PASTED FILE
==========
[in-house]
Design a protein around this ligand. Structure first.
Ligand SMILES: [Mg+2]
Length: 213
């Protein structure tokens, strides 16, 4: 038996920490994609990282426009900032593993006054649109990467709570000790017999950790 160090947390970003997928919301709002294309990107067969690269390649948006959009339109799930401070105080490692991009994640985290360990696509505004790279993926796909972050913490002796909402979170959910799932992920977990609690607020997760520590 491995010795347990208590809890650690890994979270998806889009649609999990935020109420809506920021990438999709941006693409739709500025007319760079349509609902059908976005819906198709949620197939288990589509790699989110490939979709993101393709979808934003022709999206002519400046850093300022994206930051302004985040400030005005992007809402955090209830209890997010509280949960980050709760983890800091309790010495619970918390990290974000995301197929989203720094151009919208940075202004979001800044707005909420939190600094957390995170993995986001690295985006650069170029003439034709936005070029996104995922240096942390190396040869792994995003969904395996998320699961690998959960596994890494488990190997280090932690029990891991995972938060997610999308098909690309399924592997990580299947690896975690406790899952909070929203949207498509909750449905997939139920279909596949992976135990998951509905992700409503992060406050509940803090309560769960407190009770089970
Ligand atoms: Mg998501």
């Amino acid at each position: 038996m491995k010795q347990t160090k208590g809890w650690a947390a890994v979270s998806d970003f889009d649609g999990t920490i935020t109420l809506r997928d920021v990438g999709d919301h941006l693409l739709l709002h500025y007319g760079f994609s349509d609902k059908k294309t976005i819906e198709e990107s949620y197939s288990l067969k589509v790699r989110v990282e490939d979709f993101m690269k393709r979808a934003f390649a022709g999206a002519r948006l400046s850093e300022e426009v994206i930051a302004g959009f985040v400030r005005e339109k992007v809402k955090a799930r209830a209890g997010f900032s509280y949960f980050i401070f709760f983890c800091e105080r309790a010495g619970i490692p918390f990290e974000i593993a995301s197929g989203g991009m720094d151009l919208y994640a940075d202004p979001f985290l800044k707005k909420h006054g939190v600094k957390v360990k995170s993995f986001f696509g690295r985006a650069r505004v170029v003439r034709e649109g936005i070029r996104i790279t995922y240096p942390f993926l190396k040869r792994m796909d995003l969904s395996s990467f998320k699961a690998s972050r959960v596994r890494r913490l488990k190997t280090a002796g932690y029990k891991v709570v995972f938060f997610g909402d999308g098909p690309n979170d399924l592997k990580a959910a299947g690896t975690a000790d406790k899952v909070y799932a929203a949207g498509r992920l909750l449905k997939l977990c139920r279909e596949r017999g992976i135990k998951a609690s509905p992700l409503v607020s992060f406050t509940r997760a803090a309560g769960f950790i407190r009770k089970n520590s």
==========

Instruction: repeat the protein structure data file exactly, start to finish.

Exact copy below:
[in-house]
Design a protein around this ligand. Structure first.
Ligand SMILES: [Mg+2]
Length: 213
């Protein structure tokens, strides 16, 4: 038996920490994609990282426009900032593993006054649109990467709570000790017999950790 160090947390970003997928919301709002294309990107067969690269390649948006959009339109799930401070105080490692991009994640985290360990696509505004790279993926796909972050913490002796909402979170959910799932992920977990609690607020997760520590 491995010795347990208590809890650690890994979270998806889009649609999990935020109420809506920021990438999709941006693409739709500025007319760079349509609902059908976005819906198709949620197939288990589509790699989110490939979709993101393709979808934003022709999206002519400046850093300022994206930051302004985040400030005005992007809402955090209830209890997010509280949960980050709760983890800091309790010495619970918390990290974000995301197929989203720094151009919208940075202004979001800044707005909420939190600094957390995170993995986001690295985006650069170029003439034709936005070029996104995922240096942390190396040869792994995003969904395996998320699961690998959960596994890494488990190997280090932690029990891991995972938060997610999308098909690309399924592997990580299947690896975690406790899952909070929203949207498509909750449905997939139920279909596949992976135990998951509905992700409503992060406050509940803090309560769960407190009770089970
Ligand atoms: Mg998501």
């Amino acid at each position: 038996m491995k010795q347990t160090k208590g809890w650690a947390a890994v979270s998806d970003f889009d649609g999990t920490i935020t109420l809506r997928d920021v990438g999709d919301h941006l693409l739709l709002h500025y007319g760079f994609s349509d609902k059908k294309t976005i819906e198709e990107s949620y197939s288990l067969k589509v790699r989110v990282e490939d979709f993101m690269k393709r979808a934003f390649a022709g999206a002519r948006l400046s850093e300022e426009v994206i930051a302004g959009f985040v400030r005005e339109k992007v809402k955090a799930r209830a209890g997010f900032s509280y949960f980050i401070f709760f983890c800091e105080r309790a010495g619970i490692p918390f990290e974000i593993a995301s197929g989203g991009m720094d151009l919208y994640a940075d202004p979001f985290l800044k707005k909420h006054g939190v600094k957390v360990k995170s993995f986001f696509g690295r985006a650069r505004v170029v003439r034709e649109g936005i070029r996104i790279t995922y240096p942390f993926l190396k040869r792994m796909d995003l969904s395996s990467f998320k699961a690998s972050r959960v596994r890494r913490l488990k190997t280090a002796g932690y029990k891991v709570v995972f938060f997610g909402d999308g098909p690309n979170d399924l592997k990580a959910a299947g690896t975690a000790d406790k899952v909070y799932a929203a949207g498509r992920l909750l449905k997939l977990c139920r279909e596949r017999g992976i135990k998951a609690s509905p992700l409503v607020s992060f406050t509940r997760a803090a309560g769960f950790i407190r009770k089970n520590s």